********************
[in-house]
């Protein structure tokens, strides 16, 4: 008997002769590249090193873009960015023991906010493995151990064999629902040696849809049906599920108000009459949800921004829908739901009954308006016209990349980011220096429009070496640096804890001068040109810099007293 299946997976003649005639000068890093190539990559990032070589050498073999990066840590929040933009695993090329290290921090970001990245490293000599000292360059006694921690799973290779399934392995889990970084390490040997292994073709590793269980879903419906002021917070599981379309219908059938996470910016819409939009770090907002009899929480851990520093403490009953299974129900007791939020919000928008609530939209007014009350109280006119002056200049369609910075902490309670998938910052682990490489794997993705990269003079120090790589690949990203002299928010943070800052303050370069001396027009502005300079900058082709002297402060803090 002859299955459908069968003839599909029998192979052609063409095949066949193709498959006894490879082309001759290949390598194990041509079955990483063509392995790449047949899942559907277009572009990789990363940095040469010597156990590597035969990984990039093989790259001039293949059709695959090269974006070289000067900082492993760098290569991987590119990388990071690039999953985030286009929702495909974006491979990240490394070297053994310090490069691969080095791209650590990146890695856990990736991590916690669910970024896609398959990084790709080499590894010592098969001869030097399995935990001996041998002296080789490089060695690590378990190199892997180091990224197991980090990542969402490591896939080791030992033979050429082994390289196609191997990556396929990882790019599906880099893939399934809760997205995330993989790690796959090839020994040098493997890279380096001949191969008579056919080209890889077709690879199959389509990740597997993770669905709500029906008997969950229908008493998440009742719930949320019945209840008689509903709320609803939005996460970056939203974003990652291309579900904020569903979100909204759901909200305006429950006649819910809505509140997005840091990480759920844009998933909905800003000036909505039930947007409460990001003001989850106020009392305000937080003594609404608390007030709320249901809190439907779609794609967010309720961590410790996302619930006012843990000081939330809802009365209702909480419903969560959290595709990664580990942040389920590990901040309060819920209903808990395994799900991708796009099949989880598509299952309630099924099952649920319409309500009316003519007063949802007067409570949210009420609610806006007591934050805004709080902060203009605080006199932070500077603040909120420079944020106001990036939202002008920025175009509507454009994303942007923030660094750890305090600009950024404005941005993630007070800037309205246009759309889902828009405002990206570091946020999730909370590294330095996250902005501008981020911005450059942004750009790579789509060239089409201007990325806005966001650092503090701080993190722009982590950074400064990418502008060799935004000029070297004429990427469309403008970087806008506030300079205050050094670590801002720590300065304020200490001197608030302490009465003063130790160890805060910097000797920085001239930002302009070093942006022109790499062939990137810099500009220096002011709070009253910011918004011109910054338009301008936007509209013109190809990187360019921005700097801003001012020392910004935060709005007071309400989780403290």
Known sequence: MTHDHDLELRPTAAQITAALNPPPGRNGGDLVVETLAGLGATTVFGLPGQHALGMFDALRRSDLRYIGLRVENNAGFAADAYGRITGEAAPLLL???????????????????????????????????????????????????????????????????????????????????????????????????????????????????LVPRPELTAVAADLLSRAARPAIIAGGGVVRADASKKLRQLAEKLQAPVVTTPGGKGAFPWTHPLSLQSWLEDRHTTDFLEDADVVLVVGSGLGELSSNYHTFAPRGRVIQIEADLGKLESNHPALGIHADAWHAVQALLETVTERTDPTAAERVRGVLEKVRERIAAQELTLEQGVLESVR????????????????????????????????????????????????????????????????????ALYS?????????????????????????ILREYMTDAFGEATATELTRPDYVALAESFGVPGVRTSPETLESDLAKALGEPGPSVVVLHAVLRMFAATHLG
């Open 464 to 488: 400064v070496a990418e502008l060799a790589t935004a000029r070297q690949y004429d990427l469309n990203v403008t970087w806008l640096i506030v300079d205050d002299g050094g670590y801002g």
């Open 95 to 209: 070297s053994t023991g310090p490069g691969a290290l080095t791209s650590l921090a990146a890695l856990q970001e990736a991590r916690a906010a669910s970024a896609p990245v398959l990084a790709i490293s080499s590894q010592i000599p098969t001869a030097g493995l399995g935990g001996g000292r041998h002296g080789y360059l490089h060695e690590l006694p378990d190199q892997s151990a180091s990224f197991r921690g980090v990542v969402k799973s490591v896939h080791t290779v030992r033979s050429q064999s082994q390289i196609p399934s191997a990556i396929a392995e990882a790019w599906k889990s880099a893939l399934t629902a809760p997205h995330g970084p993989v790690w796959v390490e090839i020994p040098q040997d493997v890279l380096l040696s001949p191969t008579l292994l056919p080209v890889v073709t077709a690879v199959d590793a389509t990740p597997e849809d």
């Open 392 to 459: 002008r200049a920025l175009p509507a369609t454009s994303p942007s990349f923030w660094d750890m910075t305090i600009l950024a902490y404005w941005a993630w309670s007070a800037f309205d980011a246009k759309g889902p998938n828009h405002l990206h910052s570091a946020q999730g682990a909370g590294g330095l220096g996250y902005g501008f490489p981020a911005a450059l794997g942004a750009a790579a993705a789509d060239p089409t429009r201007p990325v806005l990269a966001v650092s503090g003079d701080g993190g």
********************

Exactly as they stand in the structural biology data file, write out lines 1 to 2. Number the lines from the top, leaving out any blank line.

[in-house]
């Protein structure tokens, strides 16, 4: 008997002769590249090193873009960015023991906010493995151990064999629902040696849809049906599920108000009459949800921004829908739901009954308006016209990349980011220096429009070496640096804890001068040109810099007293 299946997976003649005639000068890093190539990559990032070589050498073999990066840590929040933009695993090329290290921090970001990245490293000599000292360059006694921690799973290779399934392995889990970084390490040997292994073709590793269980879903419906002021917070599981379309219908059938996470910016819409939009770090907002009899929480851990520093403490009953299974129900007791939020919000928008609530939209007014009350109280006119002056200049369609910075902490309670998938910052682990490489794997993705990269003079120090790589690949990203002299928010943070800052303050370069001396027009502005300079900058082709002297402060803090 002859299955459908069968003839599909029998192979052609063409095949066949193709498959006894490879082309001759290949390598194990041509079955990483063509392995790449047949899942559907277009572009990789990363940095040469010597156990590597035969990984990039093989790259001039293949059709695959090269974006070289000067900082492993760098290569991987590119990388990071690039999953985030286009929702495909974006491979990240490394070297053994310090490069691969080095791209650590990146890695856990990736991590916690669910970024896609398959990084790709080499590894010592098969001869030097399995935990001996041998002296080789490089060695690590378990190199892997180091990224197991980090990542969402490591896939080791030992033979050429082994390289196609191997990556396929990882790019599906880099893939399934809760997205995330993989790690796959090839020994040098493997890279380096001949191969008579056919080209890889077709690879199959389509990740597997993770669905709500029906008997969950229908008493998440009742719930949320019945209840008689509903709320609803939005996460970056939203974003990652291309579900904020569903979100909204759901909200305006429950006649819910809505509140997005840091990480759920844009998933909905800003000036909505039930947007409460990001003001989850106020009392305000937080003594609404608390007030709320249901809190439907779609794609967010309720961590410790996302619930006012843990000081939330809802009365209702909480419903969560959290595709990664580990942040389920590990901040309060819920209903808990395994799900991708796009099949989880598509299952309630099924099952649920319409309500009316003519007063949802007067409570949210009420609610806006007591934050805004709080902060203009605080006199932070500077603040909120420079944020106001990036939202002008920025175009509507454009994303942007923030660094750890305090600009950024404005941005993630007070800037309205246009759309889902828009405002990206570091946020999730909370590294330095996250902005501008981020911005450059942004750009790579789509060239089409201007990325806005966001650092503090701080993190722009982590950074400064990418502008060799935004000029070297004429990427469309403008970087806008506030300079205050050094670590801002720590300065304020200490001197608030302490009465003063130790160890805060910097000797920085001239930002302009070093942006022109790499062939990137810099500009220096002011709070009253910011918004011109910054338009301008936007509209013109190809990187360019921005700097801003001012020392910004935060709005007071309400989780403290």